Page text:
The first book on the list is Carson McCullers' The Heart is a Lonely Hunter. This is one of my good friend Hatcher's very favorite books, and apparently it has been so since high school.
I always like to know a little about the story before I dive into a book, so naturally I check out the back cover and inside flaps. This particular back cover is all about what an incredible writer Carson McCullers is. Even Tennessee Williams thinks so, calling her "the greatest prose writer that the South produced." Other than that, all it tells me about the story is that this is "an unforgettable tale of moral isolation in a small southern mill town in the 1930s."
The inside cover gives me a little more than that; "At its center is the deaf-mute John Singer, who becomes" something. The entire rest of the summary is cut off by the card-and-sleeve that this book had to have stamped until September of 2004, when Houston Public Library switched to the same bar code system that my middle school was using in the late nineties. The in-book synopsis ends with the word "lives," so there's another clue.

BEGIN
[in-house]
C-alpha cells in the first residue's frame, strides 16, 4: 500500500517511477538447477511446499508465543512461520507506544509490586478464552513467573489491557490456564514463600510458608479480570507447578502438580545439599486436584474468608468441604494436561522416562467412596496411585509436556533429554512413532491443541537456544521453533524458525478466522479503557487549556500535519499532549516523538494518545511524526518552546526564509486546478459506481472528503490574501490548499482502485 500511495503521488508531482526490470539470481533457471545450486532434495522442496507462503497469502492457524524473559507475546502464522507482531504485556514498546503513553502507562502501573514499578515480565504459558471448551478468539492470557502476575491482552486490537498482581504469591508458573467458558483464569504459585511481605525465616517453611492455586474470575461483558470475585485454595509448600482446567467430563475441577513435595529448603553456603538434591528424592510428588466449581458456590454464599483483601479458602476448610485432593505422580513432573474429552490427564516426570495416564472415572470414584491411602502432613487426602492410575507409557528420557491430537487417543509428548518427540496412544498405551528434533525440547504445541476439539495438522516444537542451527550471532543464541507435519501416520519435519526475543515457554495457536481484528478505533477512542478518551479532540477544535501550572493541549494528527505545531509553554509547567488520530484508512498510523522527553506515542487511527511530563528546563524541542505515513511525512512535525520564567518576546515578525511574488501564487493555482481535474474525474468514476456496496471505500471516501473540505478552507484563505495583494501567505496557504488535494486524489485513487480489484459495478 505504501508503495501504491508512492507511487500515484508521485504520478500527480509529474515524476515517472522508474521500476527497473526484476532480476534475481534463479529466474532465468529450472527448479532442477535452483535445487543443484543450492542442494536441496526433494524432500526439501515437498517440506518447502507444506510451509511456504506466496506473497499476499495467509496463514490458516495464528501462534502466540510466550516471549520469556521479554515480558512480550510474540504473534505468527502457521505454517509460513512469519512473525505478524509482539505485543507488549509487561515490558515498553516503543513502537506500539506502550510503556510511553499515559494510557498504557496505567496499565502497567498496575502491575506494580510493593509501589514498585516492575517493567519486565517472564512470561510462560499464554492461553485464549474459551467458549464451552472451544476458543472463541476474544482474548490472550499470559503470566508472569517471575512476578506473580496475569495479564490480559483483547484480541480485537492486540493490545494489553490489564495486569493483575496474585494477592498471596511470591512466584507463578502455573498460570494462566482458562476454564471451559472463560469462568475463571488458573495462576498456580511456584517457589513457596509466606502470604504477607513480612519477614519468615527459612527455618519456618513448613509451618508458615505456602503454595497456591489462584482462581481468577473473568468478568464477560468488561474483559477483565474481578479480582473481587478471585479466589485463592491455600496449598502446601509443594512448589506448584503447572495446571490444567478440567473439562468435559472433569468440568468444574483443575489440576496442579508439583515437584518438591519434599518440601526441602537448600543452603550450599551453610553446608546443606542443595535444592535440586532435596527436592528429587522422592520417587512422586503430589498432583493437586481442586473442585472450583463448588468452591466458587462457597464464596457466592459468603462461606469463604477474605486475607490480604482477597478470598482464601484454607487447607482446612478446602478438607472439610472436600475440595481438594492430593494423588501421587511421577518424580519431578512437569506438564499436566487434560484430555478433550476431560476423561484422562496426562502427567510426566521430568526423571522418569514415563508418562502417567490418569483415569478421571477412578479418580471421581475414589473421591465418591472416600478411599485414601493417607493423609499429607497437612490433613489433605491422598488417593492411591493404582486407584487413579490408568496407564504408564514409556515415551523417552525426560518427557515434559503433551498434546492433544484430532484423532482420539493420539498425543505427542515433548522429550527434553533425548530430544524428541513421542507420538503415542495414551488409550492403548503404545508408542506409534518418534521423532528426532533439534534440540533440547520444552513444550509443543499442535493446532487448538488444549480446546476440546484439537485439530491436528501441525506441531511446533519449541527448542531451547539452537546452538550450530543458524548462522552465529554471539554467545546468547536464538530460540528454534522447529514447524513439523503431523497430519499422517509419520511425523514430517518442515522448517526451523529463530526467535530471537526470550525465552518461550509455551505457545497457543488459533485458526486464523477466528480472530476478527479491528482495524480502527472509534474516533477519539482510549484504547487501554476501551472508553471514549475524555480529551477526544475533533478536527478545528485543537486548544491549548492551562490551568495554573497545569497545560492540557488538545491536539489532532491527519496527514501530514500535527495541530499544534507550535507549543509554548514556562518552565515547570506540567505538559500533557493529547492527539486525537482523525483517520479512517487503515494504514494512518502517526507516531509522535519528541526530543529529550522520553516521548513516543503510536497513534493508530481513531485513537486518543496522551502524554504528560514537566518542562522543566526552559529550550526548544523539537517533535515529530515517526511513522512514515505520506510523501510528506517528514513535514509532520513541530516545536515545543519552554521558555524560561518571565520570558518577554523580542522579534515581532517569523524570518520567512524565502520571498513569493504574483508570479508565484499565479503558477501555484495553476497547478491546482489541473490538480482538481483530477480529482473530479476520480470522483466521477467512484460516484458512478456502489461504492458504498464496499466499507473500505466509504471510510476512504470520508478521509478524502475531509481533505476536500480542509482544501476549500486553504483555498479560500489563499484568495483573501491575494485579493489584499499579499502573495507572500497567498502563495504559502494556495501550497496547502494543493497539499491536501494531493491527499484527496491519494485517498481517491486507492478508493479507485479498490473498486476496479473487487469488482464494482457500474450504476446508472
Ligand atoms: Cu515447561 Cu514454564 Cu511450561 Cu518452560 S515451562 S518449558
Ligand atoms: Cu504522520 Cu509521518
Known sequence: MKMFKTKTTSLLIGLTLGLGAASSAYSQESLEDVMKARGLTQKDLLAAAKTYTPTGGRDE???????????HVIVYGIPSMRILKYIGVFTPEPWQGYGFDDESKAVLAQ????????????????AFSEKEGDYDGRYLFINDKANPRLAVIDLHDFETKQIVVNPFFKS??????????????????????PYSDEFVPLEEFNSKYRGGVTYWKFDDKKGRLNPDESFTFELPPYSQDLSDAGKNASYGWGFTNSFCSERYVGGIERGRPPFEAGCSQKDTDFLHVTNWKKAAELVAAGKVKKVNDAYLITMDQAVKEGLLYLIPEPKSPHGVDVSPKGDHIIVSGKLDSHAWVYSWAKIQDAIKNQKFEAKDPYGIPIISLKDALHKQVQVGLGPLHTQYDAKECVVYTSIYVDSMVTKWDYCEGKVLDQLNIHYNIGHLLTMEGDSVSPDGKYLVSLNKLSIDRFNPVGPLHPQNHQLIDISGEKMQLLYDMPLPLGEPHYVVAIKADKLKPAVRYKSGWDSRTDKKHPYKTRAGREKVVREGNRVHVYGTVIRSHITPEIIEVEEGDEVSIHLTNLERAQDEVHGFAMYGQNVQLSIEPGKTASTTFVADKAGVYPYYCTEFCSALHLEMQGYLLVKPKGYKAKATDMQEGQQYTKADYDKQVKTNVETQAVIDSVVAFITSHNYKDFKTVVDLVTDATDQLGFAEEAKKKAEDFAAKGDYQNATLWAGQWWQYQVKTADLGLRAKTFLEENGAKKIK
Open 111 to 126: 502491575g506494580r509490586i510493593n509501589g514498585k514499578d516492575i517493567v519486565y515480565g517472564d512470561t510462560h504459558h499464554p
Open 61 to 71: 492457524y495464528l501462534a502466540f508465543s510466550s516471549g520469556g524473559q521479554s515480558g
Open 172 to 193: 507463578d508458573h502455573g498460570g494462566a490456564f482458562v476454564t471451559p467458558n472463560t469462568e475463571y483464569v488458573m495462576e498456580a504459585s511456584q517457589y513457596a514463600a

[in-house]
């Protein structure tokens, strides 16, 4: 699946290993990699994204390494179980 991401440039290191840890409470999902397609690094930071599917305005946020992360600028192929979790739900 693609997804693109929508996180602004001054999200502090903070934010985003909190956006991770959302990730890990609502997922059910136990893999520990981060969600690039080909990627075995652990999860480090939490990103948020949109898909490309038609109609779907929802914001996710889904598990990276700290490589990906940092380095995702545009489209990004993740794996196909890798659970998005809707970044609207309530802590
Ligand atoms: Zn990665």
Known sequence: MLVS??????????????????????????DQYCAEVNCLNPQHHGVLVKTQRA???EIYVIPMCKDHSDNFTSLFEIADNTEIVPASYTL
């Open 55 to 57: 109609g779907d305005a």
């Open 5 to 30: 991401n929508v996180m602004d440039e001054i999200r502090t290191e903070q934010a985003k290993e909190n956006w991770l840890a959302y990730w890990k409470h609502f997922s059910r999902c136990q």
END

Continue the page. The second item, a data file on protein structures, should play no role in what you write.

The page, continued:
Other facts: Aside from Williams' praise, this book was also an Oprah's Book Club selection in 2004. (Sixty-four years after it was first published. You can't say Oprah's not on top of things!) It is also one of TIME magazine's 100 Best English-Language Novels from 1923-2005. It was made into a movie in 1968 and a play in 2005 (debuted by the Alliance Theater in Atlanta).
Originally published: 1940
Republished: 1961, 2000 (this edition)
Published by Houghton Mifflin (1940 and 1961) and Mariner Books (2000)
Number of pages: 359
Date started: Sunday, July 19th, 2009